The New Territory of Napping

Napping has a significant place in history: the Greeks and Romans were nappers and there are many famous self-confessed male nappers – Churchill, Da Vinci, Einstein and Edison for starters. You have to dig a lot deeper for the female nappers, but Lady Gaga and Gwyneth Paltrow have made reference to it. There is even a ‘Napping Day’ on March 9th. So, why is the act of napping not celebrated and more openly talked about? Why do we not own our relaxation and restoration as well as our hard work?

The world of napping is easy to access. I discovered that there are nap apps available to download; tips on how to get the most from your naps and best of all – and who even knew – that there were different nap categories! There is the recovery nap (used to compensate for sleep loss the night before), the prophylactic nap (taken in preparation for upcoming sleep loss), and the appetitive nap (simply for the enjoyment of napping) to name a few.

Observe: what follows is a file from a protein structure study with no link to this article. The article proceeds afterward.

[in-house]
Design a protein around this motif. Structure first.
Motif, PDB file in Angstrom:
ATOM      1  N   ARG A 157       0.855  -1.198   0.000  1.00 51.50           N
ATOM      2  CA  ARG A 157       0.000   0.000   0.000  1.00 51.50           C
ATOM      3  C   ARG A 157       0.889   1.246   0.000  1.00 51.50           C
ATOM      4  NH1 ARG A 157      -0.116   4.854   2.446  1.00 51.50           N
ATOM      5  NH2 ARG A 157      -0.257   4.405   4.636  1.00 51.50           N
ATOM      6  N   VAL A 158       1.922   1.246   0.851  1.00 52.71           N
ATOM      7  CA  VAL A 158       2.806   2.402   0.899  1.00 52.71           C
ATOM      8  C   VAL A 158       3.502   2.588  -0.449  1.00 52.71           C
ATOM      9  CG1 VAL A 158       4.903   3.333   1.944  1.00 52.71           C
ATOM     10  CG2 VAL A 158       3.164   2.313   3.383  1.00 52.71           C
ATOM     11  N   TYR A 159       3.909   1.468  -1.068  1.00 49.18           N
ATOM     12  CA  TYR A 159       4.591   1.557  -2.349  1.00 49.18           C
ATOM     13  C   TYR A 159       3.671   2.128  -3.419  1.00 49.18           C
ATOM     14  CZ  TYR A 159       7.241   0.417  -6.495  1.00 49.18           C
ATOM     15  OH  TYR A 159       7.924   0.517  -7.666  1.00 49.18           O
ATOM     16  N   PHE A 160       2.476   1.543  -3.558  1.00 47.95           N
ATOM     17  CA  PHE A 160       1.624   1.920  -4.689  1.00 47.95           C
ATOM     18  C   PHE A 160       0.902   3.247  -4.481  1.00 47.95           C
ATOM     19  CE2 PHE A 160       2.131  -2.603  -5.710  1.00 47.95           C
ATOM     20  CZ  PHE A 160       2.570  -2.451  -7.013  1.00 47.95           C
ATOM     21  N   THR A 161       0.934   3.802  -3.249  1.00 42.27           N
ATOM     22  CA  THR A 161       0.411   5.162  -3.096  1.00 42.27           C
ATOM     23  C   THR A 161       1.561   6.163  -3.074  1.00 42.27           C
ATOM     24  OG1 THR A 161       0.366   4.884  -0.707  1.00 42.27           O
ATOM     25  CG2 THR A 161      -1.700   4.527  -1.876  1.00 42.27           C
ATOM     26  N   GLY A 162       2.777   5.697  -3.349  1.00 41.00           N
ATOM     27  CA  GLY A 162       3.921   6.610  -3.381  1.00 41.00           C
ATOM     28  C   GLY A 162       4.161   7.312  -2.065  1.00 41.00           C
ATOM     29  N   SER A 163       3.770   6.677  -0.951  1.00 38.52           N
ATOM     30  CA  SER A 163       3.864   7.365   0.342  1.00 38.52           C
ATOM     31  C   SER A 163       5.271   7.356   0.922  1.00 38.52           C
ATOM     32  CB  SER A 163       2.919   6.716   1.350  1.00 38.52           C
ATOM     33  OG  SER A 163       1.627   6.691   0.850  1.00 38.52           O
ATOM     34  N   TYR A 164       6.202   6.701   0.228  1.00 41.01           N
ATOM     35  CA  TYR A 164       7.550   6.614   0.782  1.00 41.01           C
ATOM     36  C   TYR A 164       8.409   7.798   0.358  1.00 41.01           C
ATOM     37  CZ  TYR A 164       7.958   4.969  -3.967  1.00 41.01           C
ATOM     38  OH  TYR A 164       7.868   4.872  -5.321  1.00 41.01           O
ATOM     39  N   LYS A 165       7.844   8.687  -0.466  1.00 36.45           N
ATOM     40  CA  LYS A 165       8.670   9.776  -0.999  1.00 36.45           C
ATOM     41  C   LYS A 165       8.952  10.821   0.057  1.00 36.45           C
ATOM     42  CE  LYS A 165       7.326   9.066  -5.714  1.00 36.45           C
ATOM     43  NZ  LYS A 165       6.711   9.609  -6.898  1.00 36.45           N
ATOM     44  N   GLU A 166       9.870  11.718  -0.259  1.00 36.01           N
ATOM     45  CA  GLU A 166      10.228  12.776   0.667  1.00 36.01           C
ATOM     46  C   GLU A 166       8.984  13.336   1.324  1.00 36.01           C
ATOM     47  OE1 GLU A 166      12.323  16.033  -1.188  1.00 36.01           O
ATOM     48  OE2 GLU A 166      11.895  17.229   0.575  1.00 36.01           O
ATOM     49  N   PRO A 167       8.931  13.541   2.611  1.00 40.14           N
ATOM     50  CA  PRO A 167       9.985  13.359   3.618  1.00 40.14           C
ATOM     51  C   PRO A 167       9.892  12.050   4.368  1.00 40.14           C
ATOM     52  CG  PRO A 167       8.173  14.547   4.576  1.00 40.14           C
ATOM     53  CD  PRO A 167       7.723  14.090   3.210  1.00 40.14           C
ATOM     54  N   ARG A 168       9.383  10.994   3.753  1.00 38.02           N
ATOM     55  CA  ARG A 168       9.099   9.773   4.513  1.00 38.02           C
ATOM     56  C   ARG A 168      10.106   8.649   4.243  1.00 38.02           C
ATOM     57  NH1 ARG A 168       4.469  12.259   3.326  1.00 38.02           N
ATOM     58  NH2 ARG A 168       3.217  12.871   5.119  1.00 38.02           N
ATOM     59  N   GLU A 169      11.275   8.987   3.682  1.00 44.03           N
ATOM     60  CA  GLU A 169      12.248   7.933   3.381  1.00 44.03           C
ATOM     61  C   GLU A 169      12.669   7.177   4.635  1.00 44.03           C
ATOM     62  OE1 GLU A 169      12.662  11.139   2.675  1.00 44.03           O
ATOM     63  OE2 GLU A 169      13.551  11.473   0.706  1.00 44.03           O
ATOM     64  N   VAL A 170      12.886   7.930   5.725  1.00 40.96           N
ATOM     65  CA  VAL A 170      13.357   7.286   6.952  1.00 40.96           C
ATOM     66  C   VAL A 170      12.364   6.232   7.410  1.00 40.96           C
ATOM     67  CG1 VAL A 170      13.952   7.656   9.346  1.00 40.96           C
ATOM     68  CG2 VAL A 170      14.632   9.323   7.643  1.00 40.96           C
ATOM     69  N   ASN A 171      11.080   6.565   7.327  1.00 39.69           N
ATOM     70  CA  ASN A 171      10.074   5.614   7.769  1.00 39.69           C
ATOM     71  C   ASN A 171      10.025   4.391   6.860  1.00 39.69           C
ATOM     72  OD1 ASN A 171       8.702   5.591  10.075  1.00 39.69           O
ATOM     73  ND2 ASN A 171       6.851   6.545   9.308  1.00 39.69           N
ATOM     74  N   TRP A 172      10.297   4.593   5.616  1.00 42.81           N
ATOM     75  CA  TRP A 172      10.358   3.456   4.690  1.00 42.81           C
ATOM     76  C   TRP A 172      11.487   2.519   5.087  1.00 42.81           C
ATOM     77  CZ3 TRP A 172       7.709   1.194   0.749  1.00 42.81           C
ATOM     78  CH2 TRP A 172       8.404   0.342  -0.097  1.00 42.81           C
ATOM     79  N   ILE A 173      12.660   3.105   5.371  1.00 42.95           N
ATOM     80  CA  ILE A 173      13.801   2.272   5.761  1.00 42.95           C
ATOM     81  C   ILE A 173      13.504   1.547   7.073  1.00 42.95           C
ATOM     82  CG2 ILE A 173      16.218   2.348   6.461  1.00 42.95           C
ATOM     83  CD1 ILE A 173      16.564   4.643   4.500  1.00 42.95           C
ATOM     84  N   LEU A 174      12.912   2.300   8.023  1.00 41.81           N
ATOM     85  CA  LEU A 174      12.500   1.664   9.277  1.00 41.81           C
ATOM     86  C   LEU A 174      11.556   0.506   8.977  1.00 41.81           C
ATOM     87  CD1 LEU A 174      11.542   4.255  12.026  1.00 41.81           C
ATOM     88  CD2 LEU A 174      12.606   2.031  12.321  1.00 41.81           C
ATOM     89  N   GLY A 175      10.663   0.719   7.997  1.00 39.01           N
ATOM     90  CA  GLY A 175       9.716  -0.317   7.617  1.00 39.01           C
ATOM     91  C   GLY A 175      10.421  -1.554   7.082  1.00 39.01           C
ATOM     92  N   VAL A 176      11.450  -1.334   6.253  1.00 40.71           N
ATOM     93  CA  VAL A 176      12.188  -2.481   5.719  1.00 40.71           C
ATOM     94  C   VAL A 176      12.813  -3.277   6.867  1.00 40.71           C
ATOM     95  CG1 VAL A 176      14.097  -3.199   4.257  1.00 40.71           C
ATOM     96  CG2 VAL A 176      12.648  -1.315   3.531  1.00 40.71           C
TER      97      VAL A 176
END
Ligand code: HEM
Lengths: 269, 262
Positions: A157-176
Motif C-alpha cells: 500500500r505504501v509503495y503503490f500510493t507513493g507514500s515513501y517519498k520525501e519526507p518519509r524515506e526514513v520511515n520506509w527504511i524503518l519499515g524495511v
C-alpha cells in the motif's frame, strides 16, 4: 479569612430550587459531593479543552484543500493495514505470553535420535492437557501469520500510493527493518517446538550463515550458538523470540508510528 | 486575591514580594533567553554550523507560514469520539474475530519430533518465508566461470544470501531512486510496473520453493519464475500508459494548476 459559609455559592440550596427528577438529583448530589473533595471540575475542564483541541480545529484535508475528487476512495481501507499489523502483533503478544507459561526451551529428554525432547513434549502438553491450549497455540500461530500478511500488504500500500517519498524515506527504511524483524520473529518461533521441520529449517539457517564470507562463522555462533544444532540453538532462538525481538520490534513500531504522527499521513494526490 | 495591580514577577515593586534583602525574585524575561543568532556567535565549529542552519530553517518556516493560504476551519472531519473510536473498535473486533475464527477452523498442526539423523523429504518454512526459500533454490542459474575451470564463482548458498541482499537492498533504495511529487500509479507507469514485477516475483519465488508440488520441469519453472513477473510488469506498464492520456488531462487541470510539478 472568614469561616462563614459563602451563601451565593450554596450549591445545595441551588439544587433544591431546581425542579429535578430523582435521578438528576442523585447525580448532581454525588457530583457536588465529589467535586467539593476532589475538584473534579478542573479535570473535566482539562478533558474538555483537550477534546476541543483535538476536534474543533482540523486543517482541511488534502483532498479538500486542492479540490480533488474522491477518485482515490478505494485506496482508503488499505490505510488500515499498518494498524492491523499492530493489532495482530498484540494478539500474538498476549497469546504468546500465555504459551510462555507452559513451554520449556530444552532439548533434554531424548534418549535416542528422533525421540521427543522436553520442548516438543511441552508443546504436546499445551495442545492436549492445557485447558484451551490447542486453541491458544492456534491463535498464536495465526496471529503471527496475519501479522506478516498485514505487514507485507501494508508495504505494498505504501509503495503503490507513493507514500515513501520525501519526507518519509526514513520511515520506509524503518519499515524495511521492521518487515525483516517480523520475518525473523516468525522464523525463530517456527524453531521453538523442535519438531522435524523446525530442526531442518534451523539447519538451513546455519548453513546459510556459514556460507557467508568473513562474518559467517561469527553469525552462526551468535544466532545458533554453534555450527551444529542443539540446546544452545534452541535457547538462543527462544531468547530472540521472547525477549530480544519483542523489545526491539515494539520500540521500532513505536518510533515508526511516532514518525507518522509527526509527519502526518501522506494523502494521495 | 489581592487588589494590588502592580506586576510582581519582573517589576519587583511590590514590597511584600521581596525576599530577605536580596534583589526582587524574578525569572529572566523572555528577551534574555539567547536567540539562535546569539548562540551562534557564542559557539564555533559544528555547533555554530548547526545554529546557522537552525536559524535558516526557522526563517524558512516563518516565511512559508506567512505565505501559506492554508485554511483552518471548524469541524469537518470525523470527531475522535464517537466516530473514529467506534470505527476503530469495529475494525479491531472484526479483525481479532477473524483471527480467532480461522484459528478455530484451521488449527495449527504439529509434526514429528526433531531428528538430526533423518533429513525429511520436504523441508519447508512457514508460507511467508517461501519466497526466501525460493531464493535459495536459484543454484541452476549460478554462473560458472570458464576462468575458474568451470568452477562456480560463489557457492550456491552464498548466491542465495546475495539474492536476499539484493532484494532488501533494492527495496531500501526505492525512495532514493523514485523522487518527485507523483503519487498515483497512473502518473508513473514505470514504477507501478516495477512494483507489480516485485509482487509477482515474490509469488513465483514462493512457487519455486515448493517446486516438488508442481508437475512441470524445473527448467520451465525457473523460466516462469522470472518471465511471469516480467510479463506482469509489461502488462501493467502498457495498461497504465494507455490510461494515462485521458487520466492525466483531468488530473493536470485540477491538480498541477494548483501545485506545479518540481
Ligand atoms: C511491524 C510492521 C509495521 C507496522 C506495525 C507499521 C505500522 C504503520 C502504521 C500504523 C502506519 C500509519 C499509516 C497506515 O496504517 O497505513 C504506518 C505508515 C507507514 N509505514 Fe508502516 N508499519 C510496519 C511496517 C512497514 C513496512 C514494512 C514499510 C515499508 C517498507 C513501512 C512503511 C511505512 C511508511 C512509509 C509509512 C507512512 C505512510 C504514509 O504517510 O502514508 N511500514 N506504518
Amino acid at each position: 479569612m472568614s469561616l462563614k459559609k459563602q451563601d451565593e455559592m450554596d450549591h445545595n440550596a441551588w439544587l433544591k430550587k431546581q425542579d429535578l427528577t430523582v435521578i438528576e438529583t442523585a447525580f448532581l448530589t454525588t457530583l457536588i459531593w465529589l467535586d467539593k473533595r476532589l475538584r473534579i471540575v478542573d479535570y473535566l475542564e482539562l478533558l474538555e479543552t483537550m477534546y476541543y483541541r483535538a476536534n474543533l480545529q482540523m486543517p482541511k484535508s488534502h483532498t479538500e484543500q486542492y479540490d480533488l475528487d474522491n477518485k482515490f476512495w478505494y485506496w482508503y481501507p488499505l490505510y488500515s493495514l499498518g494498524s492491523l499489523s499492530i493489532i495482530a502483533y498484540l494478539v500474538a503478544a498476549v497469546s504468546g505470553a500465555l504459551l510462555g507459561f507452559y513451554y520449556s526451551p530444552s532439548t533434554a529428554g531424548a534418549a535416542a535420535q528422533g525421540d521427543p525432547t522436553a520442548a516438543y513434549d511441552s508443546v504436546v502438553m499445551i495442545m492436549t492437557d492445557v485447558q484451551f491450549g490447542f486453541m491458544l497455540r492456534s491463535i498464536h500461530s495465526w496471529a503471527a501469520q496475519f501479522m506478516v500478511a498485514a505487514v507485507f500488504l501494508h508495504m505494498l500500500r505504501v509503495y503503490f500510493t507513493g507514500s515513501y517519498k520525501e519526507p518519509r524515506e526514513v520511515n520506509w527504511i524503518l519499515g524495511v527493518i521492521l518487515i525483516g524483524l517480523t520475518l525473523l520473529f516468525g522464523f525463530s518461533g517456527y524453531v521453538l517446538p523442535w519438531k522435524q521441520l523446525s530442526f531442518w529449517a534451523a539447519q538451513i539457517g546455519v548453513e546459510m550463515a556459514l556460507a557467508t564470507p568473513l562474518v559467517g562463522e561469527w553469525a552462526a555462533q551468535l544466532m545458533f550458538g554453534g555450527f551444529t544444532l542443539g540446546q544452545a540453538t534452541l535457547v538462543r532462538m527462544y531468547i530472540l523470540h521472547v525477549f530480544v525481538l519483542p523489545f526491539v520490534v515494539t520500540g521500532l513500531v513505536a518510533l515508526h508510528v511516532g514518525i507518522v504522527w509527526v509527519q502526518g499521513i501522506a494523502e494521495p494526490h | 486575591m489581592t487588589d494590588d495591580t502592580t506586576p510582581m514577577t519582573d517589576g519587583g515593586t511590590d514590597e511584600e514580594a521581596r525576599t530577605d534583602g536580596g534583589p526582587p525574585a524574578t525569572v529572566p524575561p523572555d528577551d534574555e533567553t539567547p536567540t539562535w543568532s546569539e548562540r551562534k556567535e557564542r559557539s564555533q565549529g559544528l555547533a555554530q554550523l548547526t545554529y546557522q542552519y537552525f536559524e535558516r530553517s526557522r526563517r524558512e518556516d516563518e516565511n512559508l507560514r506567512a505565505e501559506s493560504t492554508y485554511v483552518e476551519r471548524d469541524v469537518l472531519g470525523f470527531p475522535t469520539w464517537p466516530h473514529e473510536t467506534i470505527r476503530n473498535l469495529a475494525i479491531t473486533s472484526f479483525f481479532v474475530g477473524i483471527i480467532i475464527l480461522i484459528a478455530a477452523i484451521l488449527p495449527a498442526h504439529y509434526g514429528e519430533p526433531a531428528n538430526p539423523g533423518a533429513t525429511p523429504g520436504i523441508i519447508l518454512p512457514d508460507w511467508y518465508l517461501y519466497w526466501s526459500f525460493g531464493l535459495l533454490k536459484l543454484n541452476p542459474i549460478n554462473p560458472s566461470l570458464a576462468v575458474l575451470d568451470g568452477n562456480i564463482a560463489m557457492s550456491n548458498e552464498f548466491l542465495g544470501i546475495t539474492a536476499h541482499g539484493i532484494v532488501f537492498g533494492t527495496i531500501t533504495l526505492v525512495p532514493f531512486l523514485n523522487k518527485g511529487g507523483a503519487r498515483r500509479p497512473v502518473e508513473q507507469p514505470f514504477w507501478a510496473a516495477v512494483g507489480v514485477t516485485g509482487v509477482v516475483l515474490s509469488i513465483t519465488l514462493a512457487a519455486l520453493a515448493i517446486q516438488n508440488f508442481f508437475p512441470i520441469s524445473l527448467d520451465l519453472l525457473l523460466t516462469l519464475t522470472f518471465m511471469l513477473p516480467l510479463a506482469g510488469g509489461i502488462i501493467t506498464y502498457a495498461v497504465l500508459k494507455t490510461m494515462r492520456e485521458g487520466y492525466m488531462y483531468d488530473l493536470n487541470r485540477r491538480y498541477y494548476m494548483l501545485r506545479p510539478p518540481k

There needs to be a revolution in our thinking.  Napping needs to be shame-free and regarded as an act of self care, rather than a guilty cry of exhaustion. It’s the very opposite of laziness – it’s self-aware self-care, and has a whole host of other benefits up for the taking. And for a woman to take time out, to know what her body needs and to switch off from all her roles guilt free, is a finger up to historic societal norms that are still haunting us today.

Written by Louisa Bennett. 

@louisa_b_comedy is a comedy writer and author of a wellbeing blog at https://outdoorcure.co.uk Recent projects include Character Building Podcast, Holistic Healing Podcast and The Lockdown Answermachine series (as heard on BBC Radio Manchester). https://linktr.ee/louisa.b.comedy